Among wine critics, celebrity-endorsed labels often provoke cynicism and scorn. For every genuine business venture backed by a wine-loving celebrity, there's someone else leveraging their fame in a short-term marketing ploy to earn a few bucks.
The latest entrant to the celebrity wine category is former Australian men's cricket captain Ricky Ponting who officially launched his first drop Ponting Wines this week.
The brand is striving for the best of both worlds: a quality wine in its own right that also trades on the prestige of the Ponting name. The venture is part of Three Kings Merchants, part-owned by former Wallaby Nathan Sharpe and award-winning McLaren Vale winemaker Ben Riggs.
Despite wading into a cluttered category, Ponting says his wine is no gimmick as he settles in for a long innings.
"We're not just going to put the wine out there and sit back and hope that it makes us some money, we're going to give it a red-hot crack and make sure everything we do with it is as good as it can be," he said.
"It's one thing to have your name on the front of the bottle of wine but it's [another] to be heavily involved in the day-to-day running of the overall business."
Wine writer and Drinks Adventures podcast host James Atkinson said "not all celebrity wines are created equally".
"At one end you have the extremely cynical, gimmicky products where a celebrity has next to no involvement with the wine, other than licensing their intellectual property in exchange for a royalty on any sales that flow from it," he said, citing Shane Warne's short-lived wine collection in 2002.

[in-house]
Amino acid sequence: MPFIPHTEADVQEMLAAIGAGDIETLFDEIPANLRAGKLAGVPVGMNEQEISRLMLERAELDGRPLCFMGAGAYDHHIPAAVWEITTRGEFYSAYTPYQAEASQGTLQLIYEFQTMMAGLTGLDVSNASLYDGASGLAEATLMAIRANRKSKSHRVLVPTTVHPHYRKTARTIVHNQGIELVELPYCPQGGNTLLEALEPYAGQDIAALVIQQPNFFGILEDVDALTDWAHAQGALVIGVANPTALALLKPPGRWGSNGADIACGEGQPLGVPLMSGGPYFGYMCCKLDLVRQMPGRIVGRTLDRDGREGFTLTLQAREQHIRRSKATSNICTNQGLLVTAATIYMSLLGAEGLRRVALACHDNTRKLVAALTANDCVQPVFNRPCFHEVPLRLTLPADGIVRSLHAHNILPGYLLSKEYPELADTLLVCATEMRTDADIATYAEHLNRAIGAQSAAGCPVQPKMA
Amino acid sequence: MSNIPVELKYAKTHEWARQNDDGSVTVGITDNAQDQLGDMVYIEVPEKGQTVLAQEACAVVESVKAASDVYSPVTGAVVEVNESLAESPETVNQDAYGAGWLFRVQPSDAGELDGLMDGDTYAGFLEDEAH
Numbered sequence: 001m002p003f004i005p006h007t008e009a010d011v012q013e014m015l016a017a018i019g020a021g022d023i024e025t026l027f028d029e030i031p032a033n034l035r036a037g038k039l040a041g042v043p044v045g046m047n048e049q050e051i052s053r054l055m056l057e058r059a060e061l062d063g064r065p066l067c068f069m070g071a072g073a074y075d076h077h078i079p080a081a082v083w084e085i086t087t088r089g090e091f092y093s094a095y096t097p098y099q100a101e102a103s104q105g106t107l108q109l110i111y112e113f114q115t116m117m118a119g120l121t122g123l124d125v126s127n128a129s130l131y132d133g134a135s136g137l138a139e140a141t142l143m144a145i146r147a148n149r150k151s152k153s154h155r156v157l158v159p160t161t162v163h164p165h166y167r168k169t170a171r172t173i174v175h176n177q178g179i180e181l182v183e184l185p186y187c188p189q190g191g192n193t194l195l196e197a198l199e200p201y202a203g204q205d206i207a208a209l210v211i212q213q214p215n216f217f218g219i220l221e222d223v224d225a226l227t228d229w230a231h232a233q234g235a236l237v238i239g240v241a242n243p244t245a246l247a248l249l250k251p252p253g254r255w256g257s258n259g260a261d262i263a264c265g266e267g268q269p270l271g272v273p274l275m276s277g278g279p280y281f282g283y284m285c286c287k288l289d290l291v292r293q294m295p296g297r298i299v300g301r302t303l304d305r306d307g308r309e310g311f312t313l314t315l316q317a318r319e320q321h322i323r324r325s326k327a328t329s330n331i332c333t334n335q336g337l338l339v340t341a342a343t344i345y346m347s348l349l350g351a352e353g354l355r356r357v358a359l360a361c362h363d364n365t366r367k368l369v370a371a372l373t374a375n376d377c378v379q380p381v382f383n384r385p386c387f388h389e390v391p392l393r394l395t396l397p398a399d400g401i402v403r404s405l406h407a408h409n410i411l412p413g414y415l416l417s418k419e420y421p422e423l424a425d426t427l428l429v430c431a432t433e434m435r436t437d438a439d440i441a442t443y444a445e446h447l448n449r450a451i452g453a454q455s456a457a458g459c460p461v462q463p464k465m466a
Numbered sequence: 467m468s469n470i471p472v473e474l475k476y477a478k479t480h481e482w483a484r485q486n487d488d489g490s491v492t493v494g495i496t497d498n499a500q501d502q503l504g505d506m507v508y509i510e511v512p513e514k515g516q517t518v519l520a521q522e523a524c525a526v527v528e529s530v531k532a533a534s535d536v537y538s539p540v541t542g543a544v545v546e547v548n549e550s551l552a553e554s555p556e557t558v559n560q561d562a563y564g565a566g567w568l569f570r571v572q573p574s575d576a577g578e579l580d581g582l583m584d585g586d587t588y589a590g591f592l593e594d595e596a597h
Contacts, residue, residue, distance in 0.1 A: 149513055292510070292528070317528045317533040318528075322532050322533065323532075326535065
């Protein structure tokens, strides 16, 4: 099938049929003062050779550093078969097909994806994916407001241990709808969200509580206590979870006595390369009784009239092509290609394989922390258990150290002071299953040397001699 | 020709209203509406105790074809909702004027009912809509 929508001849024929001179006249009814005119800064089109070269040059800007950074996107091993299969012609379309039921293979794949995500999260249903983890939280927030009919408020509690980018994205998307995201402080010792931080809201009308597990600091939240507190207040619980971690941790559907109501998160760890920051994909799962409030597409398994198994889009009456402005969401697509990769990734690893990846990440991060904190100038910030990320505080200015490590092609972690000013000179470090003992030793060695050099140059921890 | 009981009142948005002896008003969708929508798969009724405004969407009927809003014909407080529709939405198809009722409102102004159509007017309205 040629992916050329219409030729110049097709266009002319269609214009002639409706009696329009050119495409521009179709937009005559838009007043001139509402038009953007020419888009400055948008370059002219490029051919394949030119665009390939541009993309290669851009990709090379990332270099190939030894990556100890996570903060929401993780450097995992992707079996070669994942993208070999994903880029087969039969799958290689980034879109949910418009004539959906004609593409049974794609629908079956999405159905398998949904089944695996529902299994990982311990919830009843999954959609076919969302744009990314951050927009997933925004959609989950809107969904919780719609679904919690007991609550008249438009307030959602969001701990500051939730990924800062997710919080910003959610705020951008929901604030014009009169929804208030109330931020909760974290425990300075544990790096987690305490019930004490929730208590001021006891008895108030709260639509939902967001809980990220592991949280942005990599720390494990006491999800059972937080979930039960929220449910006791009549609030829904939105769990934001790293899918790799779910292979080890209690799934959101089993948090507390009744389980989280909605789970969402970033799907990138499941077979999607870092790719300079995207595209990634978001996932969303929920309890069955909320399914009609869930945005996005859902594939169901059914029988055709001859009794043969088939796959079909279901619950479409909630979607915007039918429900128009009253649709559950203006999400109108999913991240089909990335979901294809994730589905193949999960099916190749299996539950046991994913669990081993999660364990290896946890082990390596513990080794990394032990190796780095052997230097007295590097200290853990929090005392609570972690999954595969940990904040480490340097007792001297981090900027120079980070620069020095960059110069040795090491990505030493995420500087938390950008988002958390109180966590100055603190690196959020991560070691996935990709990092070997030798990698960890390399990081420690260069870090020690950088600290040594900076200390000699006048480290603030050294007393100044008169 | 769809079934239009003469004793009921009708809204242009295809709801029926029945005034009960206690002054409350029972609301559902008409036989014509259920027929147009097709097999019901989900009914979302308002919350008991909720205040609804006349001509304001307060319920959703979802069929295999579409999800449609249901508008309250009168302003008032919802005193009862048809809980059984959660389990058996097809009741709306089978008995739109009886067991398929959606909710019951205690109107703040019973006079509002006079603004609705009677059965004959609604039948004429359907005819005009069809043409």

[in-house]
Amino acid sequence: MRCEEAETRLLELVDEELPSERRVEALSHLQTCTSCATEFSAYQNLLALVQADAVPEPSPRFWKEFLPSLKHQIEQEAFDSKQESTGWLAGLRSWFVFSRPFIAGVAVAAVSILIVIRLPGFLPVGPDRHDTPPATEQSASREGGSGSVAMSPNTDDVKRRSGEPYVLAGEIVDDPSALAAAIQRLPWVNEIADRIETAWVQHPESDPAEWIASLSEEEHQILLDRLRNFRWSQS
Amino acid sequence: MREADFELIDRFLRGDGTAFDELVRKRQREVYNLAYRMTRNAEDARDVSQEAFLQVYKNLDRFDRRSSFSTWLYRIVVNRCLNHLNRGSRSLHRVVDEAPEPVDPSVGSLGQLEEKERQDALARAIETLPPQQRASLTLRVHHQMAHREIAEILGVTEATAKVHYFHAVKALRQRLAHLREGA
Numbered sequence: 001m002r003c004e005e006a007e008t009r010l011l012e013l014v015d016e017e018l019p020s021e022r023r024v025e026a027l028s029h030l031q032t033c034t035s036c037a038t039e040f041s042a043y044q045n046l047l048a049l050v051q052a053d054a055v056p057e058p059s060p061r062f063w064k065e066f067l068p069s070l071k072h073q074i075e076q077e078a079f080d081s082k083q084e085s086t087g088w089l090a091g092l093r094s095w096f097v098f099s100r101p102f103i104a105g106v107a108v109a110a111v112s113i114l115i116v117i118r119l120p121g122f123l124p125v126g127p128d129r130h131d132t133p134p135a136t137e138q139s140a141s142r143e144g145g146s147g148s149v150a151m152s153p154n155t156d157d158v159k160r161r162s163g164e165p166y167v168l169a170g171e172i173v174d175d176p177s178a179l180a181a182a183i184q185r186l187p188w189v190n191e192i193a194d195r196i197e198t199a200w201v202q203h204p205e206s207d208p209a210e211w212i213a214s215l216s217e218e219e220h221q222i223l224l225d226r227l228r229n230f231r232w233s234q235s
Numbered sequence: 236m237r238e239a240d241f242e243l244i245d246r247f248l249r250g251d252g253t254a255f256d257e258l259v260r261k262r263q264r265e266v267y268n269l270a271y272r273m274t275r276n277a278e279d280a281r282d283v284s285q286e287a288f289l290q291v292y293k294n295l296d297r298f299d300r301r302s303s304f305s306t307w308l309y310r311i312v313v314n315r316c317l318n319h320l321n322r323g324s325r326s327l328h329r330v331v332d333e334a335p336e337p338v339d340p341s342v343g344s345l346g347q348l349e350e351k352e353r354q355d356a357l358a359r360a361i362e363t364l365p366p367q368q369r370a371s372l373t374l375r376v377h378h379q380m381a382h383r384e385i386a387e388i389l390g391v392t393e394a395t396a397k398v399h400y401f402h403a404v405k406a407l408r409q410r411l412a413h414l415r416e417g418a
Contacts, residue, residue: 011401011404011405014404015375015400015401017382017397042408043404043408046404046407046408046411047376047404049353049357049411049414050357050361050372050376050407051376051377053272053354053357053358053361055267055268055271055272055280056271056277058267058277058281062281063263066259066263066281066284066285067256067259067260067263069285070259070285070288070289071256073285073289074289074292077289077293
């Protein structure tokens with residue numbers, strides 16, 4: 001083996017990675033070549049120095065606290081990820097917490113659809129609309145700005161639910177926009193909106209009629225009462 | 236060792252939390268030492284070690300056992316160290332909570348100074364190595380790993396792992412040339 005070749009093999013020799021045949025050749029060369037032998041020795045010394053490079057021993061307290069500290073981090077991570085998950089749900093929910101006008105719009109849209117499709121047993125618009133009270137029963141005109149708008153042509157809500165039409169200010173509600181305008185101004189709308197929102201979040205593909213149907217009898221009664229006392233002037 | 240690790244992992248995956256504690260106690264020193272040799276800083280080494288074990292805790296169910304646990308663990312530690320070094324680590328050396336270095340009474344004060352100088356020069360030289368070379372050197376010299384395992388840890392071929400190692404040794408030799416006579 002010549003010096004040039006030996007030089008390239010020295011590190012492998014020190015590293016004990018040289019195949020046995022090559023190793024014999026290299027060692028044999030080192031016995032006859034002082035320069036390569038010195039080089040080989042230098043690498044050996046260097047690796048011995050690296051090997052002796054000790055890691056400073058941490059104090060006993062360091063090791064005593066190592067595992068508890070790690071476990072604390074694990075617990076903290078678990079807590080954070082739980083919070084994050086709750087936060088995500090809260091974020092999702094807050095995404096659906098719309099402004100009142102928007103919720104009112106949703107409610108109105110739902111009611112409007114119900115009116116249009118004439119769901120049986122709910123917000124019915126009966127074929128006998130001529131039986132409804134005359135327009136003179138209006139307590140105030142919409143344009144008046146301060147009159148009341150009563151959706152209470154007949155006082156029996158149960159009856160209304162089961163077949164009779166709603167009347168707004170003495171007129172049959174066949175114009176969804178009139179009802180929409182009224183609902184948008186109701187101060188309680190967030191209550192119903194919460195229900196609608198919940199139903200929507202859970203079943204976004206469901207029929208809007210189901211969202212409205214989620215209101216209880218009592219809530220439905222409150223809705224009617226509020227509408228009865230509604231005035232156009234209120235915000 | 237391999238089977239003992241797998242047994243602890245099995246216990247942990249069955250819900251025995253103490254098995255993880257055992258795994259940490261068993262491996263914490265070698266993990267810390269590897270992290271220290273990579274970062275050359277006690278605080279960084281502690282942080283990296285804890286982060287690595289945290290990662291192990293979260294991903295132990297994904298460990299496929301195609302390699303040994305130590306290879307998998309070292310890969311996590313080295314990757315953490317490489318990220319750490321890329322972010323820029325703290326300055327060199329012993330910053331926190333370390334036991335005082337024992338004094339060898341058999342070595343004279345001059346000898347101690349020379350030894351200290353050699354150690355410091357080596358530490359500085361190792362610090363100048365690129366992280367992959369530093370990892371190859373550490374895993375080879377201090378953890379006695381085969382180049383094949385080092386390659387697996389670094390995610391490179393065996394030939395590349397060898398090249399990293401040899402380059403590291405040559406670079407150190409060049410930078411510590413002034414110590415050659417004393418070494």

At the other extreme, Mr Atkinson said there are celebrities such as Kiwi actor Sam Neill who have genuine wine-making ventures and "clearly love wine very deeply and are involved in all aspects of their businesses".
Stuart Gregor remembers marketing Warne's wine back in 2002 and says the trend of celebrity-endorsed wines "certainly appears to be growing a head of steam right now".
"It's a good way to cut through in a category that has too many brands that have no apparent differentiation," Mr Gregor, co-founder of spirits company Four Pillars Gin, said.
"Successful people in other fields have for hundreds of years owned wine businesses. It's a thing they're naturally drawn to because it's a complicated and interesting and fascinating world.
"It's one thing to love Ricky Ponting. It's a very different thing to love Ricky Ponting's wine unless it's delicious and well-crafted."
Mr Atkinson said celebrities offer winemakers the opportunity to "cut through the clutter and appeal to consumers who feel intimidated when they enter a bottleshop and are confronted by a wall of wine with fairly homogenous branding".
"But consumers should be aware that the royalties paid to the celebrity are embedded into the price they are paying for their wine, so there is certainly better value to be had elsewhere if they do their research," he said.
As for his transformation from beer-lover to wine connoisseur, Mr Ponting seems as surprised as anyone.
"I must admit never in my wildest dreams did I think I'd get to the stage where Rianna [Mr Ponting's wife] and I would have our own wine label," he said.
"Outside of our charity foundation, we have pretty different interests to be honest … so this was something that was a real passion project for us that we could work on together."
Mr Ponting hopes to crack the major retailer market before eventually expanding overseas to countries such as India and the UK "where my name might resonate with some people".